I remember saying that about the accrediting agencies - and I stick by what I said!

Malcom,

We have a similar practice for babies under 4 months but require crossmatches starting at 4 months, yet many of the babies (especially premies) don't back type until 12 months or even later. Computer crossmatches were a huge help for this population so I'm sad to see this change, especially since we only transfuse group O products to them-they'll be MF and no reverse type! It would make more sense if we were crossmatching all groups for this population...

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On 8/31/2017 at 7:11 AM, Marianne said:

CAP has a webinar on Sept 20th to review the 2017 changes.  Hopefully this one will prompt much discussion and we can get some clarity, preferably in writing!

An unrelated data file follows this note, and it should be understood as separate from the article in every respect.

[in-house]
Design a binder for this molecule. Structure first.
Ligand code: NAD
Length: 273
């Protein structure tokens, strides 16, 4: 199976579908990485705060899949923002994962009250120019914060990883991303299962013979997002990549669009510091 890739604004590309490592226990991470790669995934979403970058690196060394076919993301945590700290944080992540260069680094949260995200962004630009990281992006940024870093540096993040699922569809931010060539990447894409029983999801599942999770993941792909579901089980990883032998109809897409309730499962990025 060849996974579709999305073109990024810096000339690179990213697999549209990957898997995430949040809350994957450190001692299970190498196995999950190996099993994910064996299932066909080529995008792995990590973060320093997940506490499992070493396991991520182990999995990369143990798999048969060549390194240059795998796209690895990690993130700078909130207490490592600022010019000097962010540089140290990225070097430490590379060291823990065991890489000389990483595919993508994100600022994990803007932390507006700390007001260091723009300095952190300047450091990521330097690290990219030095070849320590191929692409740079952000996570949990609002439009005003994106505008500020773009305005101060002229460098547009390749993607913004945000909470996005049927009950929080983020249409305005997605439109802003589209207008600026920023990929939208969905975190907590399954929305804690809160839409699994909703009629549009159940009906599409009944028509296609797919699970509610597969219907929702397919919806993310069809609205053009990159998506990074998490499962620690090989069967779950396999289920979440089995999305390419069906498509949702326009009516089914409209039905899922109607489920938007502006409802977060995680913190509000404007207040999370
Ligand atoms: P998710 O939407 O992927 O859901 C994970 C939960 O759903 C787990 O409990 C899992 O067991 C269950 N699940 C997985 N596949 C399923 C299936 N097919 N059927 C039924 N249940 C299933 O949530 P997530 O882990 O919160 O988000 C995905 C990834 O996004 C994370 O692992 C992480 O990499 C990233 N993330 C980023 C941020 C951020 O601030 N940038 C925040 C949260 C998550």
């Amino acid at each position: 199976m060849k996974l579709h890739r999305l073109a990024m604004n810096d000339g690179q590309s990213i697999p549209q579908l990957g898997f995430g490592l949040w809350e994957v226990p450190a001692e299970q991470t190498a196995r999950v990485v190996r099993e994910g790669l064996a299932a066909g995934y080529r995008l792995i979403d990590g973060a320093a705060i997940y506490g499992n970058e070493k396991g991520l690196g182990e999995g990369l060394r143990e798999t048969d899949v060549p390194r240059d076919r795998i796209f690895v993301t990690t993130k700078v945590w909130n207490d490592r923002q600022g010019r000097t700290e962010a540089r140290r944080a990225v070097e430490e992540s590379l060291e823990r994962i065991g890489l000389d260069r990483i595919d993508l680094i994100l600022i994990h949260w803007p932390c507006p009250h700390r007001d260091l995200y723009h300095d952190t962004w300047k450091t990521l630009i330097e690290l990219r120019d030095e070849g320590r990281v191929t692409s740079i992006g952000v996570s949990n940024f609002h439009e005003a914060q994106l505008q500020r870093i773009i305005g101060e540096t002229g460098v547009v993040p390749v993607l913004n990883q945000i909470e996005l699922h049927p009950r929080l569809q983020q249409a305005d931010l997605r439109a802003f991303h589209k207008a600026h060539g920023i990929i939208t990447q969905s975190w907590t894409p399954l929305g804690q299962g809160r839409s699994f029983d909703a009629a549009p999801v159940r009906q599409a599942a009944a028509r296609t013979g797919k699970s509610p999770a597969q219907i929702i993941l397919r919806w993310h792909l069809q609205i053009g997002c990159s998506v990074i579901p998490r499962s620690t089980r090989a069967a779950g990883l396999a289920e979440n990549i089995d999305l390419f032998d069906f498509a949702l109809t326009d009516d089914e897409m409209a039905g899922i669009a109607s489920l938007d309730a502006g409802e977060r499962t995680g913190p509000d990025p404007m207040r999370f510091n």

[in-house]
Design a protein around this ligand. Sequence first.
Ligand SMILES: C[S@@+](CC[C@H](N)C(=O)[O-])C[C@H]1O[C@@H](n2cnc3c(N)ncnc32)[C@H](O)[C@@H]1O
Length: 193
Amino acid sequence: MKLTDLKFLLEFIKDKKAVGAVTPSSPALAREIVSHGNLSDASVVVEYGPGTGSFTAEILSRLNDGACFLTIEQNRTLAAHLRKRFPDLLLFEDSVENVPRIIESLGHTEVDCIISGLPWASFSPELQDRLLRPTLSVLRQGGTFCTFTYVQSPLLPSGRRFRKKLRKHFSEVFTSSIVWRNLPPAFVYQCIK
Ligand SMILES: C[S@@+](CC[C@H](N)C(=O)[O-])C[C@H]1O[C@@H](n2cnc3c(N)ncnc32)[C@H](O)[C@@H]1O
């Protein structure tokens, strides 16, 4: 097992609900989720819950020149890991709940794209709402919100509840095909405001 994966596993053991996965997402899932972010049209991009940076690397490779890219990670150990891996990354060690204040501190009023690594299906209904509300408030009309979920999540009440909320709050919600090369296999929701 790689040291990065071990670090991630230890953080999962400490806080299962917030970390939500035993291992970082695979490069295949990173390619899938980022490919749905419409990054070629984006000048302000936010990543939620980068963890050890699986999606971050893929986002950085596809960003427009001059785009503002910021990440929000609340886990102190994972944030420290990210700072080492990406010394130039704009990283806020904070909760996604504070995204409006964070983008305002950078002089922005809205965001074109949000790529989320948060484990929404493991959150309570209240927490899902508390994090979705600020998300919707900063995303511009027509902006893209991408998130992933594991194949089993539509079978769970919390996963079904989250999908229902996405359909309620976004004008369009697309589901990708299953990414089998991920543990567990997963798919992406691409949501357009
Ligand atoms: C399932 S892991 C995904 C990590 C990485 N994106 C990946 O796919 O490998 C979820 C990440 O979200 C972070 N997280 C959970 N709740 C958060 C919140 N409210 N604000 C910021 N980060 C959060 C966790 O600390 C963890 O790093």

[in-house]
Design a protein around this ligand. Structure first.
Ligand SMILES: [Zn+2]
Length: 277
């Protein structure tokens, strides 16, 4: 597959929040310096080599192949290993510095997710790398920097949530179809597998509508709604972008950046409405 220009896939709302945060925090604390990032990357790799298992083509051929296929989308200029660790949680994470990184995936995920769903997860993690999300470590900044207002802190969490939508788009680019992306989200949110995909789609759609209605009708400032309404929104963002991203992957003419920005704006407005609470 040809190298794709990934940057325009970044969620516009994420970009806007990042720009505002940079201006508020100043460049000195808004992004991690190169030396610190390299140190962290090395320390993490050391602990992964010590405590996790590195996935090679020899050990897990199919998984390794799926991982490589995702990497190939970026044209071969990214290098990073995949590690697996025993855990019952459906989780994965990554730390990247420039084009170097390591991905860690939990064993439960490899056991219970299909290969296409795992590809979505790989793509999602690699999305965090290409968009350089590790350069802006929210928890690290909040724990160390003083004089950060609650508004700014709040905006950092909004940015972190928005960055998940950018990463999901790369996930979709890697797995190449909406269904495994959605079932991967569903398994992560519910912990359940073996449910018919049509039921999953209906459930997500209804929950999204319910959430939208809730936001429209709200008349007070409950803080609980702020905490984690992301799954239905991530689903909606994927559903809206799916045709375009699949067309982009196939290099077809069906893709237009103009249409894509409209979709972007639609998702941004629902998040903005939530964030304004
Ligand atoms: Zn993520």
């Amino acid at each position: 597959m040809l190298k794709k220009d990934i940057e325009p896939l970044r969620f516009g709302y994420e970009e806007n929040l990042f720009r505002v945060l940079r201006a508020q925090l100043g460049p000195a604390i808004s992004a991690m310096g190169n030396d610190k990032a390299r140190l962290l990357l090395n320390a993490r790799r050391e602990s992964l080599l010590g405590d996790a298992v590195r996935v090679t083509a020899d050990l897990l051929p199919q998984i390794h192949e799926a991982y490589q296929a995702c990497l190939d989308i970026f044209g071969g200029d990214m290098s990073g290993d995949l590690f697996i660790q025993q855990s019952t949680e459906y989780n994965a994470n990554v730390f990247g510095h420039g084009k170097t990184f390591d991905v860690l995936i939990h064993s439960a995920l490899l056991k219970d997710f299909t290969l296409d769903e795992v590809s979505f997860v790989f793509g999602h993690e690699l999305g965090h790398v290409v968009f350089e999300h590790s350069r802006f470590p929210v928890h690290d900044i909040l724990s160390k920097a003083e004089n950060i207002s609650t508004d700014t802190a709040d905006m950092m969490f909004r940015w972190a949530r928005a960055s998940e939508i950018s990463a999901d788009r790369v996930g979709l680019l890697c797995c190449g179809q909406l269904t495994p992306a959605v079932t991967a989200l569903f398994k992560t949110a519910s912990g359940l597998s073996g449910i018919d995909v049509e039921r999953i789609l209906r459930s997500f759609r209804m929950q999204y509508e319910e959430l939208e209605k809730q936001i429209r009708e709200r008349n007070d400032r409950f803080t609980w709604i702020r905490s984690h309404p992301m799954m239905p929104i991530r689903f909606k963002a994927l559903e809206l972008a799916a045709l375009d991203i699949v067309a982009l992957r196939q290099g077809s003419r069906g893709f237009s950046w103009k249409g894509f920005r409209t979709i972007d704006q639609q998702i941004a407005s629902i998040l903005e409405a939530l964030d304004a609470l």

Definitely!  I have gotten differing answers on previous questions depending who was on the other end of the phone at CAP.

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On ‎8‎/‎30‎/‎2017 at 11:27 AM, Malcolm Needs said:

I do so agree with you mollyredone.  Sadly, in the UK, it is usual to have to perform a serological cross-match, using group O red cells if there is any hint of a mixed-field (even if the patient has, for example, been typed as group A for a decade, and a unit of group O blood was transfused the previous day).  This pathetic attitude to the professional ethos of the laboratory personnel is insulting in the extreme, and, because the "mixed-field reactions" will be "reinforced" with each transfusion of group O red cells, if the patient requires frequent transfusions, the "discrepancy" will never be resolved, and precious group O units (in particular, group O, D Negative units) will be wasted unnecessarily.